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Erythrocytic iron deficiency enhances susceptibility to Plasmodium chabaudi infection in mice carrying a missense mutation in transferrin receptor 1

Lelliott, Patrick; McMorran, Brendan; Foote, Simon; Burgio, Gaetan

Description

The treatment of iron deficiency in areas of high malaria transmission is complicated by evidence which suggests that iron deficiency anemia protects against malaria, while iron supplementation increases malaria risk. Iron deficiency anemia results in an array of pathologies, including reduced systemic iron bioavailability and abnormal erythrocyte physiology; however, the mechanisms by which these pathologies influence malaria infection are not well defined. In the present study, the response...[Show more]

dc.contributor.authorLelliott, Patrick
dc.contributor.authorMcMorran, Brendan
dc.contributor.authorFoote, Simon
dc.contributor.authorBurgio, Gaetan
dc.date.accessioned2016-02-24T22:41:25Z
dc.identifier.issn0019-9567
dc.identifier.urihttp://hdl.handle.net/1885/98681
dc.description.abstractThe treatment of iron deficiency in areas of high malaria transmission is complicated by evidence which suggests that iron deficiency anemia protects against malaria, while iron supplementation increases malaria risk. Iron deficiency anemia results in an array of pathologies, including reduced systemic iron bioavailability and abnormal erythrocyte physiology; however, the mechanisms by which these pathologies influence malaria infection are not well defined. In the present study, the response to malaria infection was examined in a mutant mouse line, TfrcMRI24910, identified during an N-ethyl-N-nitrosourea (ENU) screen. This line carries a missense mutation in the gene for transferrin receptor 1 (TFR1). Heterozygous mice exhibited reduced erythrocyte volume and density, a phenotype consistent with dietary iron deficiency anemia. However, unlike the case in dietary deficiency, the erythrocyte half-life, mean corpuscular hemoglobin concentration, and intraerythrocytic ferritin content were unchanged. Systemic iron bioavailability was also unchanged, indicating that this mutation results in erythrocytic iron deficiency without significantly altering overall iron homeostasis. When infected with the rodent malaria parasite Plasmodium chabaudi adami, mice displayed increased parasitemia and succumbed to infection more quickly than their wild-type littermates. Transfusion of fluorescently labeled erythrocytes into malaria parasite-infected mice demonstrated an erythrocyte-autonomous enhanced survival of parasites within mutant erythrocytes. Together, these results indicate that TFR1 deficiency alters erythrocyte physiology in a way that is similar to dietary iron deficiency anemia, albeit to a lesser degree, and that this promotes intraerythrocytic parasite survival and an increased susceptibility to malaria in mice. These findings may have implications for the management of iron deficiency in the context of malaria.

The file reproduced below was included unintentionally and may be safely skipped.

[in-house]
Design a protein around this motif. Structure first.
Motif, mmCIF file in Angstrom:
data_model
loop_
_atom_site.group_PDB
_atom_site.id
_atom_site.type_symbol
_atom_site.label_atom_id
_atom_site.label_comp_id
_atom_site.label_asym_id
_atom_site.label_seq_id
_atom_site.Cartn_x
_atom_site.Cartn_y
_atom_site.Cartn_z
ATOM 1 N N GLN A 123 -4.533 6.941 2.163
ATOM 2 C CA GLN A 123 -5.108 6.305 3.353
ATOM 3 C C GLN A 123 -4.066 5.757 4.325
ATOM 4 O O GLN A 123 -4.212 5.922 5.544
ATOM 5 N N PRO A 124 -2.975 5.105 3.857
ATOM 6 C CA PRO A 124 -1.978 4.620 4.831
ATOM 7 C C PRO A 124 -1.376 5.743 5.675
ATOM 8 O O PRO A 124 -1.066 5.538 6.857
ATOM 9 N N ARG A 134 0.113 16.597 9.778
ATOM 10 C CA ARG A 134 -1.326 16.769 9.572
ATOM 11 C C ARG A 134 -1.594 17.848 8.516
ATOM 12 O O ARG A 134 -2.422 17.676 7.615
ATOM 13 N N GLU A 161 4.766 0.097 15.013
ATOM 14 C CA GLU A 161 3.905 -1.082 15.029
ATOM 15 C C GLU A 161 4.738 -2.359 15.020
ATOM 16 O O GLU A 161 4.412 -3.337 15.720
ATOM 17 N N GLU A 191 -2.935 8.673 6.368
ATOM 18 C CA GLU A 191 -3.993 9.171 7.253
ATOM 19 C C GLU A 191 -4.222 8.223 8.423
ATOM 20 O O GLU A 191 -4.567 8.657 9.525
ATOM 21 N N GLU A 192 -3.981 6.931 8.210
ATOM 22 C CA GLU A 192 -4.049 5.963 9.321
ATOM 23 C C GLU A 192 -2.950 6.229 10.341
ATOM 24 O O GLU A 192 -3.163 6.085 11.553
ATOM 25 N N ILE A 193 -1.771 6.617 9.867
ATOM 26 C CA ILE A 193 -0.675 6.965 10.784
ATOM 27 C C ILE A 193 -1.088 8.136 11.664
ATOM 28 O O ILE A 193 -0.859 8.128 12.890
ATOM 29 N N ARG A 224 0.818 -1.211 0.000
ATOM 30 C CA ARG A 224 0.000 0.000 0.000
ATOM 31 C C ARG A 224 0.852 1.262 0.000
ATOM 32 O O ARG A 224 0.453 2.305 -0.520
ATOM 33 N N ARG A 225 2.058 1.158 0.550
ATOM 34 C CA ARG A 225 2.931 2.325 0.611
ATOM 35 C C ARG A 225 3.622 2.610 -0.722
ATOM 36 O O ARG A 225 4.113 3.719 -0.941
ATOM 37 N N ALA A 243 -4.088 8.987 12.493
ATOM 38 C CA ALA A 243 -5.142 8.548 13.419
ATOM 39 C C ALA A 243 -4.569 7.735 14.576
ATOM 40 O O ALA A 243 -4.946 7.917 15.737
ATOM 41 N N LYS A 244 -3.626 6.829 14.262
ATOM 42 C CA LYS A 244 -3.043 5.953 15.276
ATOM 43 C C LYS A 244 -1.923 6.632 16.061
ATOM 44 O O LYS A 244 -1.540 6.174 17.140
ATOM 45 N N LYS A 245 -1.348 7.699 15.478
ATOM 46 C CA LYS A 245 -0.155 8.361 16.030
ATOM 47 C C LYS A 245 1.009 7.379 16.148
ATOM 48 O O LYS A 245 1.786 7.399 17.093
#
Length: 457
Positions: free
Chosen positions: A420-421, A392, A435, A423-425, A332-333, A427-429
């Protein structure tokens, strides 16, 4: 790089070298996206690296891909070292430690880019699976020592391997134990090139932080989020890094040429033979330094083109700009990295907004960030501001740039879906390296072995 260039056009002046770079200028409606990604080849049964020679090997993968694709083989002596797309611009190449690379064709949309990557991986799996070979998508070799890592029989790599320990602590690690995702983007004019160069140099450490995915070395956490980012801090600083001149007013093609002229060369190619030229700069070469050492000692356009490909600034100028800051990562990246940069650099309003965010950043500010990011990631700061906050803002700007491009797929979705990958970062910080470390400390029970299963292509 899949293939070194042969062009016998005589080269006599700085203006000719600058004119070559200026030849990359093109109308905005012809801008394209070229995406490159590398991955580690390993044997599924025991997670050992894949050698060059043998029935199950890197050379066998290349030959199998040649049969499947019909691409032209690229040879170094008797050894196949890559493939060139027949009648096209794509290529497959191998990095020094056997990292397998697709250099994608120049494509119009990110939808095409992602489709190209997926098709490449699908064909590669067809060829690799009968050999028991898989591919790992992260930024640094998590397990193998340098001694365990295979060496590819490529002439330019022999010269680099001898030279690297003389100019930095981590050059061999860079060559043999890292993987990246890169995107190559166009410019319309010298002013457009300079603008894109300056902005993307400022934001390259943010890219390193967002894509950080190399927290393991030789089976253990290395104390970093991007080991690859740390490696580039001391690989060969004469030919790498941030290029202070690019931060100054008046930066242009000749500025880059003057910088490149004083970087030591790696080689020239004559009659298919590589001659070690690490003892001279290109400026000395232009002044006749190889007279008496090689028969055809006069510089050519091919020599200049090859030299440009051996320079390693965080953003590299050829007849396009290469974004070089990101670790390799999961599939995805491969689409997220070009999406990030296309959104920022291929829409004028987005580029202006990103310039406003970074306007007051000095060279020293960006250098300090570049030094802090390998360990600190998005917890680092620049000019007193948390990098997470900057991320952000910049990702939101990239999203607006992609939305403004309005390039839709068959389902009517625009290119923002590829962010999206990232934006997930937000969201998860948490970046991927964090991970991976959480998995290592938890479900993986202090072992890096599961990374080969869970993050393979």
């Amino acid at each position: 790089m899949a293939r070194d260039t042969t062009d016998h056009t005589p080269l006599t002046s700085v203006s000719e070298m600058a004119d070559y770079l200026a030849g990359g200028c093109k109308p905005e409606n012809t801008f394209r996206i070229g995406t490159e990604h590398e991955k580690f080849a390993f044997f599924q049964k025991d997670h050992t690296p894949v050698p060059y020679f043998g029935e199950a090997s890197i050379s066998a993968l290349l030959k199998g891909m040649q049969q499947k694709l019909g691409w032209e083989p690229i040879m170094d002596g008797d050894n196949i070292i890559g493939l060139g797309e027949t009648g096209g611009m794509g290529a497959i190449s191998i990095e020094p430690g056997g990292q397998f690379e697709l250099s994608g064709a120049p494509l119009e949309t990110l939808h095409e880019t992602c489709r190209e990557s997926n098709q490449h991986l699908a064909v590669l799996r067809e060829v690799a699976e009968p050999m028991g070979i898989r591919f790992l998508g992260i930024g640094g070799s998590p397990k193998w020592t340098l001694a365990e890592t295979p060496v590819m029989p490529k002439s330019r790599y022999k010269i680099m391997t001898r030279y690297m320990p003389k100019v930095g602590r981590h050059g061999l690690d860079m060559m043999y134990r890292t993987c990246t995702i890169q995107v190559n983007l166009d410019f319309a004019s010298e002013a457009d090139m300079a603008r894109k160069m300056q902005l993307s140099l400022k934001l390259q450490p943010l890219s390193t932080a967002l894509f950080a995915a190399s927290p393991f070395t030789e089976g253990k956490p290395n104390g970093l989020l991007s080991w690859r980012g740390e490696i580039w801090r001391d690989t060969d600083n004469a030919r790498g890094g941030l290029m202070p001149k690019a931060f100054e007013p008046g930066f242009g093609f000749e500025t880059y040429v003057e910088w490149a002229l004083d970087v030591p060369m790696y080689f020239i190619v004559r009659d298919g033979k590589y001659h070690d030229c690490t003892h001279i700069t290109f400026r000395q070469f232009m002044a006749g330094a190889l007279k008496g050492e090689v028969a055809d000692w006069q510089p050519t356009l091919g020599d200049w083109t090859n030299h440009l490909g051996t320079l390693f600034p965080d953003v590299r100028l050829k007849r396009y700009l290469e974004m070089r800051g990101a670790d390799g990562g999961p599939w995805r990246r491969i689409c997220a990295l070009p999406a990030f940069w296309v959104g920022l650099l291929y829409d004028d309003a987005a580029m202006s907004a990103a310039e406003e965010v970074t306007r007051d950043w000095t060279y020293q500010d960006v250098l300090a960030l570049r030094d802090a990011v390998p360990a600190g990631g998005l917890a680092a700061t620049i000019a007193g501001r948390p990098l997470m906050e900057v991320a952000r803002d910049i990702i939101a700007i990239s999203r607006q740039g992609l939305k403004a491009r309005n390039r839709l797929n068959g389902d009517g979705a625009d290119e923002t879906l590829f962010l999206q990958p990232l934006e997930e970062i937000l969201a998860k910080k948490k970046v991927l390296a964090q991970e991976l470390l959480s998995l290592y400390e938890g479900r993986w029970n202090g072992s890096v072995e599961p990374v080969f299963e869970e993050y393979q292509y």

dc.publisherAmerican Society for Microbiology
dc.rightsAuthor/s retain copyright
dc.sourceInfection and Immunity
dc.titleErythrocytic iron deficiency enhances susceptibility to Plasmodium chabaudi infection in mice carrying a missense mutation in transferrin receptor 1
dc.typeJournal article
local.description.notesImported from ARIES
local.identifier.citationvolume83
dc.date.issued2015
local.identifier.absfor060499 - Genetics not elsewhere classified
local.identifier.absfor110803 - Medical Parasitology
local.identifier.absfor111203 - Cancer Genetics
local.identifier.ariespublicationU3488905xPUB6772
local.type.statusPublished Version
local.contributor.affiliationLelliott, Patrick, College of Medicine, Biology and Environment, ANU
local.contributor.affiliationMcMorran, Brendan, College of Medicine, Biology and Environment, ANU
local.contributor.affiliationFoote, Simon, College of Medicine, Biology and Environment, ANU
local.contributor.affiliationBurgio, Gaetan, College of Medicine, Biology and Environment, ANU
local.bibliographicCitation.issue11
local.bibliographicCitation.startpage4322
local.bibliographicCitation.lastpage4334
local.identifier.doi10.1128/IAI.00926-15
dc.date.updated2016-02-24T10:11:51Z
local.identifier.scopusID2-s2.0-84947560011
dcterms.accessRightsOpen Access
CollectionsANU Research Publications

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